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Dating my friend

Hi, I’ve got a great friend who I really like, and have started to wonder if we should start to date. A lot of people have asked if we are dating, or are in love. I’ve said ‘no, we’re not’ up until now. We’ve spent a lot of time together, and even more in the past few weeks.
I don’t quite know what to do, I’m not the type to be head-over-heels in love, (at least I haven’t been before), but as time goes by I like him more and more, and I think I’m falling in love. We are both Christians and very clear about our values when it comes to sex, marriage and relationships.

I’ve actually been thinking that I wouldn’t get married or get involved with someone romantically till I am almost thirty, but I can imagine us getting together sooner than that now (we’re not even twenty yet).
I don’t want to be in a relationship with someone I wouldn’t want to marry (why plan to break up before you get together?), but I could imagine marrying my friend. This idea scares me to death, plus the idea that we may start to date and how people around us would view it.
We’ve got lots of the same friends, and it seems that some of them think we should give it a go.
What do you think? Should I just go with the flow, or should I start a conversation about where we are going with this?

From a slightly confused and scared girl. :-)


Our understanding is that you and your friend are in your late teens. The feelings you are experiencing towards your friend are quite common at your age. We can often make plans for how we think our ideal life should be, but then new people and events crop up, leading to our circumstances changing and we then end up with a situation that is quite different from what we had imagined. Life is fluid, and we also have to be flexible. So there is no blueprint for us to use, instead, we have a path to follow continually, with its ups and downs. Life is unpredictable, and this makes it exciting, but this also makes it difficult for us, and we have to make important choices in situations which can be emotionally demanding.

We don’t think it’s strange that you have new, positive feelings for a close friend. If you know each other well, and still think that you like each other, then this could be a good place to start to grow together as a couple. If, after some time you know each other’s strengths and weaknesses, but still feel in love, then it might be the start of something very good. However, there’s no guarantee that this is what you want, or that it will develop like this.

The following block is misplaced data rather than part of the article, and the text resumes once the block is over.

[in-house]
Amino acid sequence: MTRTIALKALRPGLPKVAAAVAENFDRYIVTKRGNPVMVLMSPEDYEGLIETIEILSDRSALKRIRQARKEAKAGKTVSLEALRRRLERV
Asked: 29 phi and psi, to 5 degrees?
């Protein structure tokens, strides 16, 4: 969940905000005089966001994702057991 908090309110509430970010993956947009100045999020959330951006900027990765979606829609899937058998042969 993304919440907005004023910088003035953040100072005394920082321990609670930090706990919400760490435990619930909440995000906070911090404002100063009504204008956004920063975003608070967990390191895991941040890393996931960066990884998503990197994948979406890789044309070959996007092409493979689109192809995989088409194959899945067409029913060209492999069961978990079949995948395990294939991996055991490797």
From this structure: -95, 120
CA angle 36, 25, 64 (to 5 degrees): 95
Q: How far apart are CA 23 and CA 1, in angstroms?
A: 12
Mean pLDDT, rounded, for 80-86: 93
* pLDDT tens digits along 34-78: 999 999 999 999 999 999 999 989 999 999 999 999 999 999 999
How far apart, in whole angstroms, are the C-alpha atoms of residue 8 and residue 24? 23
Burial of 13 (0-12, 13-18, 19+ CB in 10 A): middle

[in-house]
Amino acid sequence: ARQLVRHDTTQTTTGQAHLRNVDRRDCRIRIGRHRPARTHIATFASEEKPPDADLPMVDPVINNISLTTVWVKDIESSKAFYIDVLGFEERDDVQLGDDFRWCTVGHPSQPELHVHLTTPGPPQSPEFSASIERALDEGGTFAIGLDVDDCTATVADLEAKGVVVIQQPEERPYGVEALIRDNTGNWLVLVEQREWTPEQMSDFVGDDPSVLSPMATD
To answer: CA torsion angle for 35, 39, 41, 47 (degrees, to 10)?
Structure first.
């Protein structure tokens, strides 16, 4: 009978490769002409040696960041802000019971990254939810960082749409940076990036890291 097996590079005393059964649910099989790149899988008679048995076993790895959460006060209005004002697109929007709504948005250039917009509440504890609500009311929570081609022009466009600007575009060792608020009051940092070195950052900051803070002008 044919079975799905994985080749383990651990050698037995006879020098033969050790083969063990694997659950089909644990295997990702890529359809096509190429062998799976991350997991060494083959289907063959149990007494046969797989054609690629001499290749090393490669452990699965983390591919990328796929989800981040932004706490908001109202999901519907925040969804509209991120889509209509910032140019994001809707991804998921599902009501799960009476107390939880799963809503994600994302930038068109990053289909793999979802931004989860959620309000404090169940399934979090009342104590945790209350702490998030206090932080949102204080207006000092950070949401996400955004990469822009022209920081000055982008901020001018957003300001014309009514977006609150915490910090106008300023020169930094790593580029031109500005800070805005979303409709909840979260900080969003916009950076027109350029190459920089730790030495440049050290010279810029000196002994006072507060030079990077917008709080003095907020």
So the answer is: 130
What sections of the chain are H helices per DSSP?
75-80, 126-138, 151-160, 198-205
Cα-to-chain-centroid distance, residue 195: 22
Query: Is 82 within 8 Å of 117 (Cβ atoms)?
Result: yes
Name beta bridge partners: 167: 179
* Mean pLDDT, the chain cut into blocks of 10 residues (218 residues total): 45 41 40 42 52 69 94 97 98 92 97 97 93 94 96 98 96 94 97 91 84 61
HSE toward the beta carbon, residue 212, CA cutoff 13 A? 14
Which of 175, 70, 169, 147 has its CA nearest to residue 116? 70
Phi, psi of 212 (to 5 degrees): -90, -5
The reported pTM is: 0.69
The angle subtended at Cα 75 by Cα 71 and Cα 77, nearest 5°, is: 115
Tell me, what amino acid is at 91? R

The reason you feel scared and confused is probably due to you being surprised by your own emotions. That’s the nature of feelings, they can take you unaware and add new dimensions to life. Our advice to you is to spend plenty of time getting to know each other better, and to talk about what you feel for each other. If we understand your situation correctly, you have both thought about the idea of becoming romantically involved. Spend as much time as you need to get to know each other better, and then if it’s right let it develop into dating. Of course, both of you need to know that you have a mutual desire to develop the relationship.

Having the same foundation in terms of values and view of sexuality is a great strength. Both of you are Christians, and we assume that your values are based on the guidelines the Bible gives us for marriage.

We also want to underline that it’s fantastic that you want to date someone you think is a possible future husband. By doing this you will probably avoid some tough thought processes, but of course you can never know for sure how a relationship will work out. Sometimes the outcome is not what you had anticipated. This is always a danger in all relationships, as people are different and independent, and others can surprise us with their decisions. Let’s not forget that we can do the same ourselves. Spend a lot of time talking openly and honestly about the consequences of moving from a friendship to a romantic relationship, and about how to remain good friends, regardless of what you decide to do.

In the light of your concern for what others think, we would encourage you not to pay too much heed to what your other friends say, or to what hopes they have for the relationship between you and this guy. The decision about a relationship that may lead to a lifelong marriage can’t be made on the basis of what others think about you – that basis would be too unstable. Remember, in a relationship you will live together, sharing good and bad times, for the rest of your lives. People have to take responsibility for the decision they made when they decided to get married, their friends can’t take that responsibility. If you spend enough time, and are open and honest with each other, treating each other with mutual respect, then perhaps this can develop into something great, who knows? We advise you both to get to know how you behave and react in lots of different situations. We wish you all the best, and God’s blessing on your future!

We also recommend you to read other articles or answers around the same theme:

Soulmates / To love is to be vulnerable


Best wishes


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